Last week we touched on the great paradox of online data analysis: You can’t accurately analyze data until you have some sense of what behaviors you are looking for; at the same time, you have to see how folks behave before you can understand what is most important to measure.
Why, some of you have rightly asked, the conflicting advice? Is this another chicken-and-egg situation? Well, yes. It wouldn’t be — in a perfect world where every bit of data could be thoroughly examined, every pattern explored, theories drawn and then tested about every single thing that happens when a customer interacts with your Web site. In a world of unlimited computing power and unlimited time, it would not be necessary to form hypotheses before determining which data to track.
But Web sites are data hogs. Server logs of even light-traffic sites quickly compile millions of individual data points. It’s easy to follow the behavior of one Web visitor in real time (if you are set up to watch over his or her shoulder). But with hundreds or thousands of simultaneous visitors calling up any of the thousands of pages on a site, many of which can have hundreds of links to other sites, the possible pattern variations very quickly reach numbers too large for any of us mere humans to fathom. Too many zeros to count.
The best and the worst of the Web, for marketers, is the issue of scale. With good technology, your Web site can scale to do more business than any number of storefronts and can communicate with more customers than the world’s largest sales force. But then keeping track of what is happening at each step of all of those customer interactions becomes nearly impossible — and absolutely impossible if you haven’t first narrowed down the number of things to be tracked to just those actions and interactions that are likely to matter to your business.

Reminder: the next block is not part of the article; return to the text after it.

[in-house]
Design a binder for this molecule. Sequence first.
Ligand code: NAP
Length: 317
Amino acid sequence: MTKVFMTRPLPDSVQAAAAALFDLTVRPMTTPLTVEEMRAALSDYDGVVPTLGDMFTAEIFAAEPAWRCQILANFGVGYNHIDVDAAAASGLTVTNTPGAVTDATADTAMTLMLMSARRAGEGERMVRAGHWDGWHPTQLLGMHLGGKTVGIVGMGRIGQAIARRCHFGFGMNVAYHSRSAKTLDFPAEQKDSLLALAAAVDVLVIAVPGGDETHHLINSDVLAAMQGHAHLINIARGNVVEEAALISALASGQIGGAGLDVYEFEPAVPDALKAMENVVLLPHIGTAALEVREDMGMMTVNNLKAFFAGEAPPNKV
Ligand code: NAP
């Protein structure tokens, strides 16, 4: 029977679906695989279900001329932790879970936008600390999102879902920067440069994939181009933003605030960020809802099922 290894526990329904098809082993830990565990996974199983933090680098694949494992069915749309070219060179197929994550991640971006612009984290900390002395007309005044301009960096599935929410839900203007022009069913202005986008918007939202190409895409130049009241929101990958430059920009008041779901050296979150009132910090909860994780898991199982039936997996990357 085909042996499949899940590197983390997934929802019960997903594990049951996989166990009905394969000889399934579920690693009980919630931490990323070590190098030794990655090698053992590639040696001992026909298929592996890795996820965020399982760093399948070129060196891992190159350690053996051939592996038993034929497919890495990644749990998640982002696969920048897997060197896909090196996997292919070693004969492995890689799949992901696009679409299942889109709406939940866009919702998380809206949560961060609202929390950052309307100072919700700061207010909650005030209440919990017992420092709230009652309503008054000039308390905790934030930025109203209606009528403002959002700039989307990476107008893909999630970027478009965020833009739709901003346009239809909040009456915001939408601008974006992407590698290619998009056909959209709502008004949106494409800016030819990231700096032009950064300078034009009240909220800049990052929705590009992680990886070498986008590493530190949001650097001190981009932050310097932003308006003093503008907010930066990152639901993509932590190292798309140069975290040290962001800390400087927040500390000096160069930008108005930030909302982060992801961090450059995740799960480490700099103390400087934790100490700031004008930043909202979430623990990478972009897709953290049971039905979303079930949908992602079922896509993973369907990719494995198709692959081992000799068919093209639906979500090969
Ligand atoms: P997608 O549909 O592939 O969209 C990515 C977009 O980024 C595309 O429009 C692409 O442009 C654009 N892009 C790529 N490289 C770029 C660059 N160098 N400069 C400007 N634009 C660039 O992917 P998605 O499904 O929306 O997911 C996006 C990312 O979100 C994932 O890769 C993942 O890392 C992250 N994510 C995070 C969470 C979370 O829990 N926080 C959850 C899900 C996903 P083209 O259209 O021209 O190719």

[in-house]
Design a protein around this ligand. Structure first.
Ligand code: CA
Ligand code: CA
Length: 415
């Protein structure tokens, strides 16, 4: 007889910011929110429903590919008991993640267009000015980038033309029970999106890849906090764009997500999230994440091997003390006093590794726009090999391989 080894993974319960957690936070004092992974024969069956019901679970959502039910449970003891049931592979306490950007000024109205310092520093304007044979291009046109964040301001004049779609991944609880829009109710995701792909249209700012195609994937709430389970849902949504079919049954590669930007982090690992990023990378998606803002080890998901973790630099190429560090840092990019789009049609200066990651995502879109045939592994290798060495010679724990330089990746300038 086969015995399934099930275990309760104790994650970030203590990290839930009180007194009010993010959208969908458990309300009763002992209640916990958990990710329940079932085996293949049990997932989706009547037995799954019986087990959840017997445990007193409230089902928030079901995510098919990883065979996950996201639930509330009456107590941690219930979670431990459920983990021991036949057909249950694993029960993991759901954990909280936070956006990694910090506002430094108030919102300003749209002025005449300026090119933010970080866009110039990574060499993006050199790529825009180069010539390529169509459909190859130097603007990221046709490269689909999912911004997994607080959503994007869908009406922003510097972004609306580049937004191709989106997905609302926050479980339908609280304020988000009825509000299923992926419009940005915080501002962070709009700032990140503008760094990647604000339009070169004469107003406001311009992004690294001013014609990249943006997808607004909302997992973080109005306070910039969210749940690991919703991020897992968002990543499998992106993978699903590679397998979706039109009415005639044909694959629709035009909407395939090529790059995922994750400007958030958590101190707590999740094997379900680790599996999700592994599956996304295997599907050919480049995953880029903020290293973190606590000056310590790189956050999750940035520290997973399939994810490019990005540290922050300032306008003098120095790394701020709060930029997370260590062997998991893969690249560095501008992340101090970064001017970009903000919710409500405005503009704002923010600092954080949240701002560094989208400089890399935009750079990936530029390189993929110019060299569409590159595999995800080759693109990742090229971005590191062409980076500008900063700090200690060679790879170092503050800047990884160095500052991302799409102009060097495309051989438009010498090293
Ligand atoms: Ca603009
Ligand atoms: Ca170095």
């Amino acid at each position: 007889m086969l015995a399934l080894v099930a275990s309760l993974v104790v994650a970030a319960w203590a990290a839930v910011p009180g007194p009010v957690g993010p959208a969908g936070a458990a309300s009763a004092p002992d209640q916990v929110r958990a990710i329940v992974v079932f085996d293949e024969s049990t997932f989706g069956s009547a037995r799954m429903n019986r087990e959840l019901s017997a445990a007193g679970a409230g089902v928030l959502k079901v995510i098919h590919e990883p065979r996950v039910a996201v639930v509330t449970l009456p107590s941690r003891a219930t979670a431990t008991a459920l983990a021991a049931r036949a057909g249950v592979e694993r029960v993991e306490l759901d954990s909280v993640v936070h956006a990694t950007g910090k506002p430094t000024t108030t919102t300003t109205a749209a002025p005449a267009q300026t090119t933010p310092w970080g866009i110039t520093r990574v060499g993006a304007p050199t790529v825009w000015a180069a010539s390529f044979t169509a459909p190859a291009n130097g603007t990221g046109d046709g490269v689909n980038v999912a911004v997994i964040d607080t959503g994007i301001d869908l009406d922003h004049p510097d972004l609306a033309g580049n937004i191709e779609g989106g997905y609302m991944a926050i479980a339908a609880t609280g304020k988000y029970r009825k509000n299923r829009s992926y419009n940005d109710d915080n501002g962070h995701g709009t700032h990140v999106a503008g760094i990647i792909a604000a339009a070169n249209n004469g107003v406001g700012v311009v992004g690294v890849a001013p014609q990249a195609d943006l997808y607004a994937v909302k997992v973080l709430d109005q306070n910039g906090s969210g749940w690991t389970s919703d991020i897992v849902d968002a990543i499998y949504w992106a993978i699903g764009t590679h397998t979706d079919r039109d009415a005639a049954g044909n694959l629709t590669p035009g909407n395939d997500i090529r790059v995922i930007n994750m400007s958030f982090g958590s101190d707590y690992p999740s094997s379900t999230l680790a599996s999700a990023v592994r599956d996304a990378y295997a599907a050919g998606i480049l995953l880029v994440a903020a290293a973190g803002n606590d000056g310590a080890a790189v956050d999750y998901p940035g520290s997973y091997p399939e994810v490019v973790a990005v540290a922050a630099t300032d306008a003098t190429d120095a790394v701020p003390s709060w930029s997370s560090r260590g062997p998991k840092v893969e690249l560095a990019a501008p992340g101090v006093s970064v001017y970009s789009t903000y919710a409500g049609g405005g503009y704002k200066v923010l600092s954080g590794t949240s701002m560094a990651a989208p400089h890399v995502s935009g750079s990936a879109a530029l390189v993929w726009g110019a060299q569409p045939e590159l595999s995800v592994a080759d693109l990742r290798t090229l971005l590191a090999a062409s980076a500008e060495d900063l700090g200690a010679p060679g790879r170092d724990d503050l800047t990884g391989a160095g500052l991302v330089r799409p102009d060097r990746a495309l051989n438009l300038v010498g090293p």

That is why, though some readers have questioned my purpose, I’ve devoted so much attention to the design and construction of data-analysis efforts. If you have endless computing resources and scores of analysts to go through log files, ignore all this setup and just jump in. If, as is the case with most businesses, there are limitations on resources and you need to get answers quickly, a lot of preparation is necessary if good information is to come from your data-analysis efforts anytime soon.
In the course of researching this topic, by the way, I’ve had lots of conversations with the various suppliers of data-analysis solutions, and they all tell me the same thing: Clients who take the time to understand which behaviors they need to watch — those who have made the effort to think through their analysis needs before wildly collecting data — are always those who get the most useful results.
That’s not to say that the suppliers of Web-data services can’t help design the process, but they will not know your business or your customers as well as you do. They can get good results to you faster if you start the conversation after having already considered what they’ll need to know to track the behaviors that matter.
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